One final aside…

    “Meeting the physical rigors of elite level training show that women can perform at demanding tactical standards while the successes of the past 15 years show that they should… Our strategic place in the world depends on it.”

    Again, with due respect to the author, few would point to the past fifteen years as evidence of “success”. Afghanistan stands as America’s longest war, and while most American troops have been withdrawn, the Taliban remains intransigent and even the most basic measures of stability have yet to be met. Several thousand miles away, Iraq is an unmitigated disaster. While I, for one, openly acknowledge that the many reasons for this lack of success are, for the most part, wholly unrelated to the integration of women into the majority of military career fields, America’s military performance over the past decade and a half is probably not the rhetorical horse to which she should hitch her argument.

    1. Tom,
      Either they greatly lowered the standards for Ranger School Training sense I got out or they were greatly relaxed for the ladies that attended. Looking at their pictures during training I noticed something odd…they always looked well fed and rested. Everyone I knew that went to the school came out looking like one of the zombie cast from the TV show Walking Dead. They had lost between 20 – 30 lbs and were half asleep.

  4. Can’t understand why so many liberals are in a hurry to get our daughters killed and destroy our military. Woman definitely have a place in our military but combat arms is not one of them.

    But if the former captain is so sure females are up to the task then the militaries should form all female unites and support and task them the same as male units. Make them prove themselves in the forge of battle. That way there can be no claims of anti female bias. Female soldiers (and civilians) always want to be treated the same as males until they are treated the same.

  5. As with many others, the author neglects to discern the difference in types of motivation. Although related, enlistment motivation is different from sustaining motivation, which is different from combat motivation. The studies relied upon do not ask the question, “why do men FIGHT?” which is the fundamental question. The answer is “for each other.” This is documented in more personal accounts of combat than anyone can name. Any study of motivation that does not address this aspect cannot be valid.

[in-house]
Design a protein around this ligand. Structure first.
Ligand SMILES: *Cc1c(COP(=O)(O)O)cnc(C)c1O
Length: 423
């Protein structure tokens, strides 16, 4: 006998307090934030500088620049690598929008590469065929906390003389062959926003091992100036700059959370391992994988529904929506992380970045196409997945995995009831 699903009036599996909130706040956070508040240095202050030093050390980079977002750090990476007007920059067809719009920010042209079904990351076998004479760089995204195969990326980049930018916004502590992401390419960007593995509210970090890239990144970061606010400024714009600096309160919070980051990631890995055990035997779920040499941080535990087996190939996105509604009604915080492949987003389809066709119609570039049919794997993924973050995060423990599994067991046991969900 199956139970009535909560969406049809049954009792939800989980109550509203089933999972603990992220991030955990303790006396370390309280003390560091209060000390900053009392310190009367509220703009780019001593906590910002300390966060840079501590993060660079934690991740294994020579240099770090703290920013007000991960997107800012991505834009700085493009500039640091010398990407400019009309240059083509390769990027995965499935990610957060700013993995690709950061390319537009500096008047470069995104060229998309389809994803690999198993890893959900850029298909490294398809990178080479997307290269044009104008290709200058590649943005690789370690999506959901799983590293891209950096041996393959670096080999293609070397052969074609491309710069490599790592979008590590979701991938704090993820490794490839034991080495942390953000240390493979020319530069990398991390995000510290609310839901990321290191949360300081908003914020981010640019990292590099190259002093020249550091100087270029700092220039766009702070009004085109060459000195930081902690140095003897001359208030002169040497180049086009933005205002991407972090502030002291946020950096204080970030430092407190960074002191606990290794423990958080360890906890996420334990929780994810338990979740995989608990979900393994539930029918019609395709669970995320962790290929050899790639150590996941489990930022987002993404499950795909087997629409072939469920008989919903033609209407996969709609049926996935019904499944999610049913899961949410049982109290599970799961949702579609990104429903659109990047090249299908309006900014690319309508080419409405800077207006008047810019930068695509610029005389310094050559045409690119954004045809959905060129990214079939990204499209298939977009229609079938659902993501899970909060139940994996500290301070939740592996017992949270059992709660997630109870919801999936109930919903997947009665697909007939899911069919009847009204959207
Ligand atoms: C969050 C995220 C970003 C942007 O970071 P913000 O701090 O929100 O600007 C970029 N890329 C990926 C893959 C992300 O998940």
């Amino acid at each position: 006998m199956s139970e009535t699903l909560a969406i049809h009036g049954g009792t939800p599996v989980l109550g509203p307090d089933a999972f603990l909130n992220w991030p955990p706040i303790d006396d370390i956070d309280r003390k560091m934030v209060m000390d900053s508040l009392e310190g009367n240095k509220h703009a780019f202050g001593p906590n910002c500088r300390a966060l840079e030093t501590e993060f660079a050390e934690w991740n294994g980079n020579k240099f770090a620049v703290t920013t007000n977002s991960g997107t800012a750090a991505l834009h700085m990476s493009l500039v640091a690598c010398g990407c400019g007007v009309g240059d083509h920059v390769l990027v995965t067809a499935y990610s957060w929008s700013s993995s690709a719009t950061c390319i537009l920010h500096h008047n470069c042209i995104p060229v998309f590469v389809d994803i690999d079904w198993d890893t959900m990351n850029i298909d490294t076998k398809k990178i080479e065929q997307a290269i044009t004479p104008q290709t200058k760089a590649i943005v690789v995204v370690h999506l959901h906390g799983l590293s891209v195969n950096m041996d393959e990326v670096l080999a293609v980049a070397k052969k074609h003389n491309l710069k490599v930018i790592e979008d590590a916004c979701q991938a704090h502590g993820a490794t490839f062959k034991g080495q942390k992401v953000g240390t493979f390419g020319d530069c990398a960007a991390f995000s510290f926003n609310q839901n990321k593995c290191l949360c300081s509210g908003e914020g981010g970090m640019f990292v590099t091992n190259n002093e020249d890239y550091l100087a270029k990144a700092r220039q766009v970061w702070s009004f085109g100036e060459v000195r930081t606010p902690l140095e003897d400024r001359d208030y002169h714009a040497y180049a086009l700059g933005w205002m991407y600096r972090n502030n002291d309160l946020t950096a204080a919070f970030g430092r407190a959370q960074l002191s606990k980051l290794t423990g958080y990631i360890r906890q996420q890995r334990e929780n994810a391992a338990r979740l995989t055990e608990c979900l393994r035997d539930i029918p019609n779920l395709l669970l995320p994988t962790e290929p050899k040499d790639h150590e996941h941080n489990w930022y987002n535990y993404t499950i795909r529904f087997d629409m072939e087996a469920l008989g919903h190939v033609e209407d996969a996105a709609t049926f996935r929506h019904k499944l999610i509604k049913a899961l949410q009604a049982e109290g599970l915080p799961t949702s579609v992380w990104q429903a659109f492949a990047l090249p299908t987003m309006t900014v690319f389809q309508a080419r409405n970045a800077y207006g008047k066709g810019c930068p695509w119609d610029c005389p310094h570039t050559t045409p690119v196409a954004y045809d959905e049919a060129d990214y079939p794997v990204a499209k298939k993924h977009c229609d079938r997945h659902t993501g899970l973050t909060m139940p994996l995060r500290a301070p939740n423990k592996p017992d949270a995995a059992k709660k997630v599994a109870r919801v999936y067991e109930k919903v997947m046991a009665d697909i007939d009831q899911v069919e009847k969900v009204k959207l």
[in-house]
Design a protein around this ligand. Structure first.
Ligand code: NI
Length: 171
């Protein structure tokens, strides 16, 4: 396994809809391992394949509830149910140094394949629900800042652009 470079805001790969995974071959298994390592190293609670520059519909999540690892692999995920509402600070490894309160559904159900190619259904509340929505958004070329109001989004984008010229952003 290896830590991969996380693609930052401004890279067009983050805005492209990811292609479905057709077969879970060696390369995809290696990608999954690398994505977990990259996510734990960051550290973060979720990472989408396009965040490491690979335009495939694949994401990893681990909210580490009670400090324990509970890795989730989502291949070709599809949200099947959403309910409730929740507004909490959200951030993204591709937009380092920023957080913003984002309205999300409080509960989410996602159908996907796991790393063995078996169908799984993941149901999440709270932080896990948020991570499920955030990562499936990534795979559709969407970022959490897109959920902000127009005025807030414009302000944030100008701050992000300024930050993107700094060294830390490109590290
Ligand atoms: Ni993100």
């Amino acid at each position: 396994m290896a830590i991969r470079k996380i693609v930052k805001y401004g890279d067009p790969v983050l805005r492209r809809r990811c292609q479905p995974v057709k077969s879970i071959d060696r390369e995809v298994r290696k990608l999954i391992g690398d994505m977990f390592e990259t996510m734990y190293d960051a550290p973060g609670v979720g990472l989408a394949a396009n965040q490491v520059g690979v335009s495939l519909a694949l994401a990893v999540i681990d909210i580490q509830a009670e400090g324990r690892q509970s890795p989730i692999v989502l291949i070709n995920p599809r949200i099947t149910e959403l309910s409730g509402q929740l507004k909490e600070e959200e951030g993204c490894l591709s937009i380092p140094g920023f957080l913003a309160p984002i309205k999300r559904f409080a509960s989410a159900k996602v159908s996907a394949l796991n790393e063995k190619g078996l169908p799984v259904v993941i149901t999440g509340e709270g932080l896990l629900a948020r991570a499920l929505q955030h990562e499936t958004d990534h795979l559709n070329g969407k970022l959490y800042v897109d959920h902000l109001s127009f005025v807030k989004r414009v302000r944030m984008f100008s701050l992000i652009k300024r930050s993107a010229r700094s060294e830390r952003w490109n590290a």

Moreover, how did we get a 19 year-old draftee who did not believe in the Vietnam war or understand the necessity to take the hill to still move forward? Did he believe in the mission? Threat of court-martial? That wasn’t much of a threat. Instead, he had to have bonded with his friends – small unit cohesion.

  6. If we are to truly ignore the differences between men and women for the grand leftist enlightenment and realignment of American culture, will infantrywomen (and females in other combat roles) be required to take birth control pills or forcibly accept sterilzation in the name of combat effectiveness?

    Oh, nevermind…military discpline will prevent pregnancies (ever hear of “the love boat” in the first gulf war) and female medical woes that could happen due to months without proper hygiene and supplies.

  7. https://youtu.be/mT_Auf_v9LQ

    Watch this. Particularly, while watching this, watch these segments:
    35:00 – 36:27
    42:15 – 43:50
    1:11:40 – 1:12:50
    1:15:00 – 1:15:36

    This is how infantrymen are. They build unbreakable, life-long bonds by how they talk, what they talk about, wrestling, fighting, and basically doing things that offend most. But this is without any doubt who they are and how they operate. Introducing women into this environment would break it down in so many ways. I cannot even imagine the number of sexual harassment and assault complaints that would result from introducing women into even the few small clips from the video above. I may be a neanderthal or characterized as some sort of misogynistic ass, but I have been there and done this and introducing women into it is a bad idea. It is the result of a social agenda and not on what makes us the best killers of the bad guys. No amount of data manipulation, argument, fairness, or “leaders” saying it is the right thing to do is going to make a 120 lb woman carrying 70 lbs worth of gear up the Carpathian Mountains in the Ukraine capable of doing anything but getting herself beaten to death in hand to hand combat by a Russian soldier. Never happen you say? Human history says otherwise.